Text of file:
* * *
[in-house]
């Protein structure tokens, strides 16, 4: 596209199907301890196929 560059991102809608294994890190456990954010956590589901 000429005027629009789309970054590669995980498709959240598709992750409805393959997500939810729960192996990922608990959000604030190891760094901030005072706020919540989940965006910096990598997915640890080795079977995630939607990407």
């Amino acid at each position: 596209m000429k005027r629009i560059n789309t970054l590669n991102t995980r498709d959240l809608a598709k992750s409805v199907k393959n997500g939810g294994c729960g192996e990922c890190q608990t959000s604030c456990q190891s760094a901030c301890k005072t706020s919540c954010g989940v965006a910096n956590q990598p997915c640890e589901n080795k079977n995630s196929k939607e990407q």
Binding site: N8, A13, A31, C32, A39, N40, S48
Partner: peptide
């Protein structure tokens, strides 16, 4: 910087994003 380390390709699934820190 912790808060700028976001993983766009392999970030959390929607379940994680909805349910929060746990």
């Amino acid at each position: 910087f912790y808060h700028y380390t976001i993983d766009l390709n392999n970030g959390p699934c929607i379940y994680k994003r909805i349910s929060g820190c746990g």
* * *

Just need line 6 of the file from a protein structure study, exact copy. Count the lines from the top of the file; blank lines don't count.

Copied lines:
């Protein structure tokens, strides 16, 4: 910087994003 380390390709699934820190 912790808060700028976001993983766009392999970030959390929607379940994680909805349910929060746990």